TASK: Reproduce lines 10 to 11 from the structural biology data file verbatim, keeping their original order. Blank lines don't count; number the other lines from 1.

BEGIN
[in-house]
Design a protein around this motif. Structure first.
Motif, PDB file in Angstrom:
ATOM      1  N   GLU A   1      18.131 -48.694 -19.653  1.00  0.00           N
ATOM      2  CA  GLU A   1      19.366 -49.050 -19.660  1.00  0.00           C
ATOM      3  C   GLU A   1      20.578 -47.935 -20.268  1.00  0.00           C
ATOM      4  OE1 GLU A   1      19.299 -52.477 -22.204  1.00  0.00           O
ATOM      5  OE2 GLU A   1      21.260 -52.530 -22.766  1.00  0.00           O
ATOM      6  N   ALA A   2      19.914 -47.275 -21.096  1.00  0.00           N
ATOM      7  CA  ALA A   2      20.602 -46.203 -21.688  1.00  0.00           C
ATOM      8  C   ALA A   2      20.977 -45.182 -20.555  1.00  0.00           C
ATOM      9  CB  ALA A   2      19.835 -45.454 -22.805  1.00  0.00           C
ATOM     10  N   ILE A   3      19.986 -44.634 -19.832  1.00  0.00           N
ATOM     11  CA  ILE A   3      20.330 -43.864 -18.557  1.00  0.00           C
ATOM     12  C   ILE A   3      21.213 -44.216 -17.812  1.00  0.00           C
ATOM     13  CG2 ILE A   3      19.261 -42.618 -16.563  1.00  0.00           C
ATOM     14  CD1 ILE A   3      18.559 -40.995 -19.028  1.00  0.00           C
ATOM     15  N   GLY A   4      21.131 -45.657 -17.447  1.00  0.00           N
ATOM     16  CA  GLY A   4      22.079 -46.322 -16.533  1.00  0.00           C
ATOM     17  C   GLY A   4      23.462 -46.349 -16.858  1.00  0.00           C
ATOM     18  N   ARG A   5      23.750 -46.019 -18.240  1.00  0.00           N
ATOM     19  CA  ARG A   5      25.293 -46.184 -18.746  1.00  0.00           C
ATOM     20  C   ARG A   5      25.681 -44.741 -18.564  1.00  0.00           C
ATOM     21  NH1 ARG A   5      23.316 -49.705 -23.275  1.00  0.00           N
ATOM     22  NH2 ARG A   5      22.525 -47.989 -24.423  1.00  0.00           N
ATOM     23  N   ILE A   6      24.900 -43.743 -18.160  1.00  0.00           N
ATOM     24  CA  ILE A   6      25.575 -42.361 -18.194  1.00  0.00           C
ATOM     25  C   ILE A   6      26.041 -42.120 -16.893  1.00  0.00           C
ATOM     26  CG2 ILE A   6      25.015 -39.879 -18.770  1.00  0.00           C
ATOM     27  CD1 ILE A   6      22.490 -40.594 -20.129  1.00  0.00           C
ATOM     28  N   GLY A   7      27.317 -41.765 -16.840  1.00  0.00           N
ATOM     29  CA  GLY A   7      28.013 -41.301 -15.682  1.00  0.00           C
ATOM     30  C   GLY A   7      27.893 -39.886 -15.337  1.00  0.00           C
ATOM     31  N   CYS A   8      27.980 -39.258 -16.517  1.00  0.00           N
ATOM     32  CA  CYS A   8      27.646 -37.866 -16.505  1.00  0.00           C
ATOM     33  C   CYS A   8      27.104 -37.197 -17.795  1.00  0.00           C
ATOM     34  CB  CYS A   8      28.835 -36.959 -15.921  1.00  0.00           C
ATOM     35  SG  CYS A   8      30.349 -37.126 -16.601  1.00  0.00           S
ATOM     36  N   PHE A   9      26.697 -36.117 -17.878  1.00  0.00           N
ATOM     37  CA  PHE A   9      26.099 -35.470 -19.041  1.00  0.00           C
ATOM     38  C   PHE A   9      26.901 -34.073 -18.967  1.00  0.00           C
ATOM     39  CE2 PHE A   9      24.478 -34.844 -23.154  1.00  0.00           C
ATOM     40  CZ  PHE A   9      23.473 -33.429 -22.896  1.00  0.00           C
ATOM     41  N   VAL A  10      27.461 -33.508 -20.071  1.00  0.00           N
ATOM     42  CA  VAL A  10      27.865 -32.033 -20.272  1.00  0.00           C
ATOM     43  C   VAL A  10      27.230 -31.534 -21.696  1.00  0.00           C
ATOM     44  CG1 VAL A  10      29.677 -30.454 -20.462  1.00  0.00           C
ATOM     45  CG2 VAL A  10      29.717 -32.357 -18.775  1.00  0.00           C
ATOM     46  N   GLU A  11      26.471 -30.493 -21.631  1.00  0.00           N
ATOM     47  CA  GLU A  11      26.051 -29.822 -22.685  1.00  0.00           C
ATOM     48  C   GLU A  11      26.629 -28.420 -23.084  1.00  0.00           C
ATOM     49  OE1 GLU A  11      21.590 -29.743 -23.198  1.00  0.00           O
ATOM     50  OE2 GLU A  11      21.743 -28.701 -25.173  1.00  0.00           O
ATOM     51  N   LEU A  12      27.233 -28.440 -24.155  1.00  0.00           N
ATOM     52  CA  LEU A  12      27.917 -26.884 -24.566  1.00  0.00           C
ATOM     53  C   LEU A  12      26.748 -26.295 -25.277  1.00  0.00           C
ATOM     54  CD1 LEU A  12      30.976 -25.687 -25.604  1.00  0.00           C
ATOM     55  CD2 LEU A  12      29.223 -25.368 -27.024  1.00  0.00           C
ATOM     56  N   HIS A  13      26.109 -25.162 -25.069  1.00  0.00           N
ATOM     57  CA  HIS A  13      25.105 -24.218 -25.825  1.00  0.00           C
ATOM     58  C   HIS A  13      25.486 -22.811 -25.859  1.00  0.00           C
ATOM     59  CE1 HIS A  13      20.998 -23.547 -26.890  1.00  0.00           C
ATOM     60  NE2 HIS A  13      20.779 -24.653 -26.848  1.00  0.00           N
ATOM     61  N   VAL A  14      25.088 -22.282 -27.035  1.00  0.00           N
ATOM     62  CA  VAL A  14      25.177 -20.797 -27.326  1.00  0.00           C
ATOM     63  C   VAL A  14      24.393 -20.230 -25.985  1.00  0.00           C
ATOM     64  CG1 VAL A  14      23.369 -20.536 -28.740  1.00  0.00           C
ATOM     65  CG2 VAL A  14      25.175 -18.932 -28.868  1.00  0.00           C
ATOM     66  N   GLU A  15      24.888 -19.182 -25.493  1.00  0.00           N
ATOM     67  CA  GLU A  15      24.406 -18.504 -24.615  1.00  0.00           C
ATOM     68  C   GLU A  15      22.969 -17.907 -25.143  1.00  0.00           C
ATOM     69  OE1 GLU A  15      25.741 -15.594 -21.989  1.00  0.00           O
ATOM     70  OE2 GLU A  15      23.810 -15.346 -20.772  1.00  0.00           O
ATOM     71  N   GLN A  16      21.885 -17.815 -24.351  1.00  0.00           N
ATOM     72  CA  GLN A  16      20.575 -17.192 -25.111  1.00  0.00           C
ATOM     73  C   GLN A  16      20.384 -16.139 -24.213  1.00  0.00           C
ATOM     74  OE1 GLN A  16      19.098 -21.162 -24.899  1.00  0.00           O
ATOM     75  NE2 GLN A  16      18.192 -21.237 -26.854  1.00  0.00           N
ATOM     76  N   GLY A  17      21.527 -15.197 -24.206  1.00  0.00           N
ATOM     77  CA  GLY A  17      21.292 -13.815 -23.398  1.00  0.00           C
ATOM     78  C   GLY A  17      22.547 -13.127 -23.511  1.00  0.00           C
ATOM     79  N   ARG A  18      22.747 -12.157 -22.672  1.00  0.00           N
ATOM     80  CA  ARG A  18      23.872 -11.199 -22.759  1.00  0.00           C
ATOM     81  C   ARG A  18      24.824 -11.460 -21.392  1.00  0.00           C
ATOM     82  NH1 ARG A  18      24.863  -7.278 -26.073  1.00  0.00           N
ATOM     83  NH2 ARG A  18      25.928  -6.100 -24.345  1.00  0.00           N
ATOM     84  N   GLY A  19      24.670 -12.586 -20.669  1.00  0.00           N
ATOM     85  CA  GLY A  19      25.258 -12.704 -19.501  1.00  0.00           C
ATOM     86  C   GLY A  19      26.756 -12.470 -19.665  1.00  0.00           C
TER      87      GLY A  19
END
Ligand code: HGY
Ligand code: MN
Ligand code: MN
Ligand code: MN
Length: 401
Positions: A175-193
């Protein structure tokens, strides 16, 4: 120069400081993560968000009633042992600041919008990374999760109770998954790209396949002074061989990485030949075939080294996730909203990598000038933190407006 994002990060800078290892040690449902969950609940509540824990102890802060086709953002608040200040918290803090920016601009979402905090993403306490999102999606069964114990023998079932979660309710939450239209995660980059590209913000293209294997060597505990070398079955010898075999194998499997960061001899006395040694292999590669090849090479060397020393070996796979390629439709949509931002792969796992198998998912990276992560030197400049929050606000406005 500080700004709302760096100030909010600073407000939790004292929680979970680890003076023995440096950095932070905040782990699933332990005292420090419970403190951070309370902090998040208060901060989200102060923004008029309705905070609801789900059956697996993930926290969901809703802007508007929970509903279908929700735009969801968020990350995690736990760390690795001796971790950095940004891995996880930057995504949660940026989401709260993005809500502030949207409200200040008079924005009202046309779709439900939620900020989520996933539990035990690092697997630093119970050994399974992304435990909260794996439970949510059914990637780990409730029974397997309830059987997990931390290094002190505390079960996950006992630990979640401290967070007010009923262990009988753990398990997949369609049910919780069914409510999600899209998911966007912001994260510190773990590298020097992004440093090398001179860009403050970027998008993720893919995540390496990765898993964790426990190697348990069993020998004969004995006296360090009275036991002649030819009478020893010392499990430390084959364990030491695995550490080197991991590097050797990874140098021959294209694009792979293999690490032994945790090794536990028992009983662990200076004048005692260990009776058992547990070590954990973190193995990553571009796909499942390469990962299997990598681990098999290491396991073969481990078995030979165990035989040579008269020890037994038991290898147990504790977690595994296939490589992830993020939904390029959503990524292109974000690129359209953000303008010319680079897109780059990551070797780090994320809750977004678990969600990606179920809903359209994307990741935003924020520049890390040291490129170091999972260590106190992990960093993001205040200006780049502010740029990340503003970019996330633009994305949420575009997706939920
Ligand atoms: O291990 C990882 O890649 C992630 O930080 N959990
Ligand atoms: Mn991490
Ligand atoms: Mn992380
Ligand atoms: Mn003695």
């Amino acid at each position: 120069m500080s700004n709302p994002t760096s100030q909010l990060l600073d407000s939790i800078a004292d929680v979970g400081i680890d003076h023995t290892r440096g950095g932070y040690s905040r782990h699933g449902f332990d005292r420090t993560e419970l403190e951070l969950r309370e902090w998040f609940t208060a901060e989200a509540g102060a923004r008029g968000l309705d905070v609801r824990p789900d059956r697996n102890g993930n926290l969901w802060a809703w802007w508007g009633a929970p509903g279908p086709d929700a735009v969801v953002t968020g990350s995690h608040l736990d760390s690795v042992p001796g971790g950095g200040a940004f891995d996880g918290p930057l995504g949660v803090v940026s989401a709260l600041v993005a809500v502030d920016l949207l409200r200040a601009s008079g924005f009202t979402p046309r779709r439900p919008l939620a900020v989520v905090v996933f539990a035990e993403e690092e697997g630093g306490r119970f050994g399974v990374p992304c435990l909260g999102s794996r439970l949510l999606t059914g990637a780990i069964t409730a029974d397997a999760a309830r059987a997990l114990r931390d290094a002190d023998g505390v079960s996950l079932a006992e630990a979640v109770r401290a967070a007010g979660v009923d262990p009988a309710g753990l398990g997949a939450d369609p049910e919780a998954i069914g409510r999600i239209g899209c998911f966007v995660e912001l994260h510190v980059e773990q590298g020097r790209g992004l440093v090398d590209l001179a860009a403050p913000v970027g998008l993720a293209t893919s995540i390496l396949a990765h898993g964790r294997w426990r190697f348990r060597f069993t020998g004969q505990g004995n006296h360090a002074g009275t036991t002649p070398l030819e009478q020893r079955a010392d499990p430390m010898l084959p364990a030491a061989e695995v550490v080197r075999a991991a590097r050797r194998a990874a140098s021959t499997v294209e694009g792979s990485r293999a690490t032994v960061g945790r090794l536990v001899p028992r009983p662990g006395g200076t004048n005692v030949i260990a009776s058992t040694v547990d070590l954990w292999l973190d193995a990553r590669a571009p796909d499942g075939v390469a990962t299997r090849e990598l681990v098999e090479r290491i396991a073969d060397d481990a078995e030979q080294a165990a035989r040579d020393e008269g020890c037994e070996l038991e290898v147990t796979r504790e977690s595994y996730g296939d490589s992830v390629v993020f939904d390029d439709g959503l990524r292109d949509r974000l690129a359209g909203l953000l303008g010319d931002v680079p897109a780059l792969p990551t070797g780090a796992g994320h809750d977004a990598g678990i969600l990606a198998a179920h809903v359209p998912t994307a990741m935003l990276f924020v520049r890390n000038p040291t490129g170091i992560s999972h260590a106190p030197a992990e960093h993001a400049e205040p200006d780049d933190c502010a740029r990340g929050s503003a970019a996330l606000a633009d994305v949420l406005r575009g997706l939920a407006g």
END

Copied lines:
ATOM      7  CA  ALA A   2      20.602 -46.203 -21.688  1.00  0.00           C
ATOM      8  C   ALA A   2      20.977 -45.182 -20.555  1.00  0.00           C